Study Guide

Twelfth Song of Thunder Form and Meter

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Form and Meter


The “Twelfth Song of Thunder” was traditionally performed as a chant. It doesn’t stick to a specific poetic meter or form. That said, the repetition that we’ll find in the poem is characteristic of chants. Let’s look at the second stanza as an example:

The voice that beautifies the land!
The voice below,
The voice of the grasshopper
Among the plants
Again and again it sounds,
The voice that beautifies the land.

As we can see from the above stanza, the line lengths vary, and the words don’t adhere to a specific rhythm. However, if we look closely, we see some important repetition going on. For example, “The voice that beautifies the land”—with or without an exclamation mark—appears four times in this twelve-line poem. As well, “Again and again it sounds” appears twice. That, Shmoopers, makes these lines refrains.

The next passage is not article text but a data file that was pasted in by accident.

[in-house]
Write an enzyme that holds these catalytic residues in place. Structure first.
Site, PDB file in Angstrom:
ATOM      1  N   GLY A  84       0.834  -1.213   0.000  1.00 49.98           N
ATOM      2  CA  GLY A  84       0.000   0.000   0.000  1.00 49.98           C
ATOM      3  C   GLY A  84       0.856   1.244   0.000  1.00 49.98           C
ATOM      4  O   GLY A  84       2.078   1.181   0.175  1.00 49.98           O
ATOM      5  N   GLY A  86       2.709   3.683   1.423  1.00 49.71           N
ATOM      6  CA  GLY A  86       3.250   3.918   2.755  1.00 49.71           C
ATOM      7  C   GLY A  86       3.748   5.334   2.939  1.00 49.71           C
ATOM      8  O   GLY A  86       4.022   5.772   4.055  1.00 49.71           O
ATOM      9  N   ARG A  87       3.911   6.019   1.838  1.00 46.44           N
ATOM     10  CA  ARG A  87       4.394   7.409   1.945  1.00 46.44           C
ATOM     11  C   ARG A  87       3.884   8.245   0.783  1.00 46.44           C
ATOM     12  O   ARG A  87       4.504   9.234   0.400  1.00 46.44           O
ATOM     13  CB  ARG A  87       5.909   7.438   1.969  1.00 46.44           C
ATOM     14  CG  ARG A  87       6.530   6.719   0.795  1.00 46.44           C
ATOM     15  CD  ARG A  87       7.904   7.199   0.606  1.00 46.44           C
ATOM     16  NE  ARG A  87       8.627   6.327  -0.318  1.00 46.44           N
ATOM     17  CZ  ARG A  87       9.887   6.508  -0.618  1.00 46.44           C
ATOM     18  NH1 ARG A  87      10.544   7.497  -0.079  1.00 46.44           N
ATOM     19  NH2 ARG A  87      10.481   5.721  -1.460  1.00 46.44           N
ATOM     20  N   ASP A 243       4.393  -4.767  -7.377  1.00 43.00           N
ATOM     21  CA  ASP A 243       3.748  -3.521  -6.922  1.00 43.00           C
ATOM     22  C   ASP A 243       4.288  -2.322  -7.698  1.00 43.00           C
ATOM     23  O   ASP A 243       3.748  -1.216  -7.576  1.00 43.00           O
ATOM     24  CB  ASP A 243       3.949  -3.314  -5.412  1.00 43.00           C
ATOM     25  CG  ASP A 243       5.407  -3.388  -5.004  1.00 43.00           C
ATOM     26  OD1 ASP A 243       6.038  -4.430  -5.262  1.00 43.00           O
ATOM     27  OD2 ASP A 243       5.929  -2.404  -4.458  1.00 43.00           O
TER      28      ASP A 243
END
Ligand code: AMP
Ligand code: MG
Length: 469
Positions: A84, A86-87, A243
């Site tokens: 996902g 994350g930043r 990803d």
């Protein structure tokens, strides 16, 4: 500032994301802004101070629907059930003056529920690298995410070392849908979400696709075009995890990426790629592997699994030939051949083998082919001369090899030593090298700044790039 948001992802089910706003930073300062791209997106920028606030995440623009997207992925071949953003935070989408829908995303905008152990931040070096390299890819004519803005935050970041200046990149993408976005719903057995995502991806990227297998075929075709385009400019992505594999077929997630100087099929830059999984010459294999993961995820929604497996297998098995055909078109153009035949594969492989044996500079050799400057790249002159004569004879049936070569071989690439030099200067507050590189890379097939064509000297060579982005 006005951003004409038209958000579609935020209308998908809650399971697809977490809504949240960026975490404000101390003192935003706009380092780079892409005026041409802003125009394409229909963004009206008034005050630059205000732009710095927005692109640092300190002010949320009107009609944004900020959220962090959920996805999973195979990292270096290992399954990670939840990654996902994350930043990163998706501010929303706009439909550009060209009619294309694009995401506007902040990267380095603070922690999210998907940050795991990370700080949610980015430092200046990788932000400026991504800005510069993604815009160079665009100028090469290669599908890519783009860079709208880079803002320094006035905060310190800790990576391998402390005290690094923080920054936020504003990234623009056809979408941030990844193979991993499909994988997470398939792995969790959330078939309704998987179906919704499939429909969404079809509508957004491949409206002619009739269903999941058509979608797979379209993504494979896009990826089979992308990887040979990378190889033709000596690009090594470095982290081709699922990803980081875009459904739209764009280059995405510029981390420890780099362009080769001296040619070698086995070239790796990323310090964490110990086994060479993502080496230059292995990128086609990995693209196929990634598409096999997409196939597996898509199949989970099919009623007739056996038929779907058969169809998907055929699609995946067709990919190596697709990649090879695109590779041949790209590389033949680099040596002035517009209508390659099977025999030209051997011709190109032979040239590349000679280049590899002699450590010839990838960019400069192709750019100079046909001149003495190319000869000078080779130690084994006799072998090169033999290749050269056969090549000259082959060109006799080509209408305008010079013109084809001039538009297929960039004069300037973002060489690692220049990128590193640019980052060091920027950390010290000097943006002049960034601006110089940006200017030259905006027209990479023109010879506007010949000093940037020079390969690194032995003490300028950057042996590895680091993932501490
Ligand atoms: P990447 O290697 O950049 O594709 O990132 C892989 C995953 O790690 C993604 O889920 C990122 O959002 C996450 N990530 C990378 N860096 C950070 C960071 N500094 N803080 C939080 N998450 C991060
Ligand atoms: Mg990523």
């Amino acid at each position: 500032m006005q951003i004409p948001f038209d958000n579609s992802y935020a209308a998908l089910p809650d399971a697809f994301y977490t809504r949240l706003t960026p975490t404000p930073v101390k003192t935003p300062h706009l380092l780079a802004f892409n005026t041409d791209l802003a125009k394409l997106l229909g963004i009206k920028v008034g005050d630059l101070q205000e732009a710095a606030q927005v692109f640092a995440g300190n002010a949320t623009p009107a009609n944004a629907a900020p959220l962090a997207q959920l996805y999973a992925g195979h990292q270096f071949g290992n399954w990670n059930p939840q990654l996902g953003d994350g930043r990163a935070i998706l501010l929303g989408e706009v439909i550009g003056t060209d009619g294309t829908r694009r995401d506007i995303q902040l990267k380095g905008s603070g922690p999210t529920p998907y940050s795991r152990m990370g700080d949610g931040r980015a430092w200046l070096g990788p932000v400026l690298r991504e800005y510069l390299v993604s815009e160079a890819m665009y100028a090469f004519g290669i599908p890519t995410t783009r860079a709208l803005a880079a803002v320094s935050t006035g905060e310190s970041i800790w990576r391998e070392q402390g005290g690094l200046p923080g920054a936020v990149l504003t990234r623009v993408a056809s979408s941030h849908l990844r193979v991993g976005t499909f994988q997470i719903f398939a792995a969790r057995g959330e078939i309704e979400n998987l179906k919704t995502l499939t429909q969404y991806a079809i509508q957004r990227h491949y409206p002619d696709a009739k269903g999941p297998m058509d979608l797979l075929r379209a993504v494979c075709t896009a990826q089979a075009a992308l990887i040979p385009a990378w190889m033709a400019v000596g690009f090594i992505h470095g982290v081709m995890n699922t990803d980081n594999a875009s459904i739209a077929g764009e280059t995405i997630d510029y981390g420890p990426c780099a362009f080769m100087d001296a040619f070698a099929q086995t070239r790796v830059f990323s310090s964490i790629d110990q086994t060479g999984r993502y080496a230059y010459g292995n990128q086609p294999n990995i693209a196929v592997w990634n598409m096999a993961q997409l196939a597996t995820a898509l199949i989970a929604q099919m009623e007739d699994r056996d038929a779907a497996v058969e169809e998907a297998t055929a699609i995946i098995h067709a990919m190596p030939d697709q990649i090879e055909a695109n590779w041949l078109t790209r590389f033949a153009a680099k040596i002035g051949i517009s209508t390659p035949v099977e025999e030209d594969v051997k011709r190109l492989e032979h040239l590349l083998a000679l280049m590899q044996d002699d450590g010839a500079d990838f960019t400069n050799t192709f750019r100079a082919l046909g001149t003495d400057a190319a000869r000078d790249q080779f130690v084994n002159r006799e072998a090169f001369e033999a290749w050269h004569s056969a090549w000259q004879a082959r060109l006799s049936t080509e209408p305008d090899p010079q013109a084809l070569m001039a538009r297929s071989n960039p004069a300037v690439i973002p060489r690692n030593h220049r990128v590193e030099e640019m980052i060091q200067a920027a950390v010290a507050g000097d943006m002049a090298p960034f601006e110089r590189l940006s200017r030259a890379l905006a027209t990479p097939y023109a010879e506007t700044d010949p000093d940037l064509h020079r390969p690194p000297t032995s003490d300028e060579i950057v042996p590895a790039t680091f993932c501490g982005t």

Now, in poetry, a refrain is used to remind the reader of something. It comes up again and again for a particular purpose. In this case, the refrain is a reminder of the cyclical nature of… well, nature. Things die, they are born, they live, and then they die again. More particular to this poem: rain falls, it evaporates, and then it falls again. The repetition of the refrain, then, reminds us of nature’s influence on every aspect of our lives, this poem included.

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